Application program interfaces (API) are sets of routines, protocols, and tools for describing how software applications and components should interact with each other. They are the key driver in today’s economy for integrating with an ecosystem much larger than most companies can build on their own.
Today, many ubiquitous digital platforms and services (think Twitter, Facebook, Salesforce, Airbnb, PayPal) are made available through APIs.
Imagine we are building an application to help users with their travel plans. We will require weather information to serve our users with some special offers based on specific weather conditions at a specific location. However, as we do not own any weather data, we can request the information from third-party vendors such as OpenWeatherMap or AccuWeather using their public APIs.
Companies release and promote their services as part of a larger software development kit (SDK) that includes the APIs and instructions to help developers understand the specifications of how to use them. The API layer abstracts all the underlying platform complexities (i.e. simplifies it), and the value in the data is made available via an easy-to-use readable format.
There are different data formats used for API communication and information exchange. The most notable and industry standard data formats are Plain Text, JSON, XML, CSV, and YAML.
Why do we need an API Gateway?
API manager (also referred to as API gateway) platforms are used to easily publish, manage and monitor APIs securely in a highly-scalable environment. Gateways additionally include features such as the ability to apply security policies and usage policies, collecting and analyzing statistics and other value-adds.
Some of the common features offered by today’s popular API manager platforms include:
- Allowing companies to publish and monitor the API in a secure and scalable environment.
- Allowing publishers to design, prototype and document APIs in one place. Most of the popular gateways work well with some of the industry standard Open API specifications such as Swagger and RAML.
- Offering a clean and pluggable environment to make it easy to switch between production and sandbox environments.
- Defining common security gateway and authentication protocols for all published APIs.
- Monitoring and managing traffic for individual users or applications.
- Traffic quota management, which allows you to define the limits of a free quota and where a premium option kicks in based on the volume of incoming traffic.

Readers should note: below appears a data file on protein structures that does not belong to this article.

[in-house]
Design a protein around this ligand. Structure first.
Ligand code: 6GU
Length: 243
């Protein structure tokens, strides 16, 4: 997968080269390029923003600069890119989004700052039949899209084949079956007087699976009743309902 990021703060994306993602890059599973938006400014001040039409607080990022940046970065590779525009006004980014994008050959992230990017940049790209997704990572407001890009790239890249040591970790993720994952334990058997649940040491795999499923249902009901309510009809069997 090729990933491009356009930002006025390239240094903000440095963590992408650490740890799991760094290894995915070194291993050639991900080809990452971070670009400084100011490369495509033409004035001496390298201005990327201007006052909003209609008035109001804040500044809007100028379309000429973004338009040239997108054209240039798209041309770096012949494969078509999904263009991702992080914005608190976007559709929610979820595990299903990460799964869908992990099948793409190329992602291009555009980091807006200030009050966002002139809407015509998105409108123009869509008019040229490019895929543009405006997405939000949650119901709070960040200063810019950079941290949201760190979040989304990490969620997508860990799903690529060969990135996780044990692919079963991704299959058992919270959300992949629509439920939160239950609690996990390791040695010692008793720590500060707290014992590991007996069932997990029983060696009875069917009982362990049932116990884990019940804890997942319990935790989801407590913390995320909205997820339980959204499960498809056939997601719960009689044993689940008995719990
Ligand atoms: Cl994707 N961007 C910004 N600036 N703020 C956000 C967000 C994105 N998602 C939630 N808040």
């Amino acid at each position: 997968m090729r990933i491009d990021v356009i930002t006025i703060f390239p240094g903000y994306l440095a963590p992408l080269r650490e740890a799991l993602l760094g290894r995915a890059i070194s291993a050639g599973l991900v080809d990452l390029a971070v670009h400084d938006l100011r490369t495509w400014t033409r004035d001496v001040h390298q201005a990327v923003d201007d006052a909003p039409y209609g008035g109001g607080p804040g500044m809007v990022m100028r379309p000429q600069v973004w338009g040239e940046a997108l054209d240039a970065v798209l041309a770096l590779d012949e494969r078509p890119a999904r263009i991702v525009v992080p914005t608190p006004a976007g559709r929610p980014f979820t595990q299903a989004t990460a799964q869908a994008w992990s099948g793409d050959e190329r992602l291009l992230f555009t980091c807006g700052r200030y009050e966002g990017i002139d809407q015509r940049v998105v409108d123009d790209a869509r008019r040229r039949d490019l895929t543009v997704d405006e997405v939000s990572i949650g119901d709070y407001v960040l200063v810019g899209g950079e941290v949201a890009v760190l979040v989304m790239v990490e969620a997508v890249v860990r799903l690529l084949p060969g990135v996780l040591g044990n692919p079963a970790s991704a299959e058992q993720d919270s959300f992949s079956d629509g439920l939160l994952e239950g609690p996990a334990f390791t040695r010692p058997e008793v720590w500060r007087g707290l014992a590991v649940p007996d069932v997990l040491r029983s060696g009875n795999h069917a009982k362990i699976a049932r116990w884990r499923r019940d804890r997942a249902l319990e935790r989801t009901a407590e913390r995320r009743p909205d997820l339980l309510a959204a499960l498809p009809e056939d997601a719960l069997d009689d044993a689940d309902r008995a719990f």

- Memory management and data caching mechanisms to improve API performance and response times.
- API versioning to ensure compatibility between multiple API implementations without any code changes.
- Defining a load balancer reverse proxy and distribution network for splitting application traffic across several servers.
- Setting up and managing server failover.
In response to the growing open API movement, some software giants such as Facebook, Twitter, and Google have taken the initiative to build API management software in-house to serve customer data for third-party App developers.
However, implementing such a complex API Gateway platform with the wide variety of transports, security features, authentication, monitoring and usage reporting in-house is very expensive for small and medium enterprises. Hence, some of the big players, including Amazon, IBM, and Microsoft, have built a business model around these platforms to serve enterprises with their API gateway needs.
Overall, there are numerous tools available in this space, and each claims to be more useful than the other. Some of the most popular choices are WSO2, AWS, Azure, IBM API Management, Akamai, MuleSoft and CA’s API Gateway.
During our initial experiments in this area, WSO2 arose as one of the best choices and satisfied most/all the criteria of our business case need. Here are some of our experiences with the WSO2 API manager.
- It is completely free, open source and released under an Apache 2.0 license. The enterprise license is very affordable.
- Short learning curve to get started.
- WSO2 supports OAuth 2.0 security standards with support for quota management and traffic throttling. As we have our own OAuth 2.0 implementation, the integration with the existing system was a straightforward step with standard Java handlers.
- It doesn’t include a load balancer out of the box, but it works well with our existing Nginx plus load balancer setup.
- It didn’t support importing RAML specification directly (when we started our investigation), but we’ve been able to convert all our RAML to Swagger and everything else has been smooth since then.
- As we use a microservices-based distributed architecture, almost all our services communicate using both a synchronous (HTTP based broker-less architecture) and asynchronous (with AMQP message broker) mechanism. WSO2 works nicely with both.
- Native support for Google Analytics was a plus.
- Amazing service with extended development support.
For most microservices-based architectures, it makes great sense to consider using an API Gateway that can act as a single-entry point and can provide additional features like authentication, monitoring and load balancing.
It’s been a year since we switched to WSO2 and migrated over 12+ API’s, and I must say, we have not been disappointed. Clearly, WSO2 was the right choice for us, but what works for you?
If you have a personal favorite or have had a negative experience with the gateways I mentioned or with any I neglected to list, please let me know!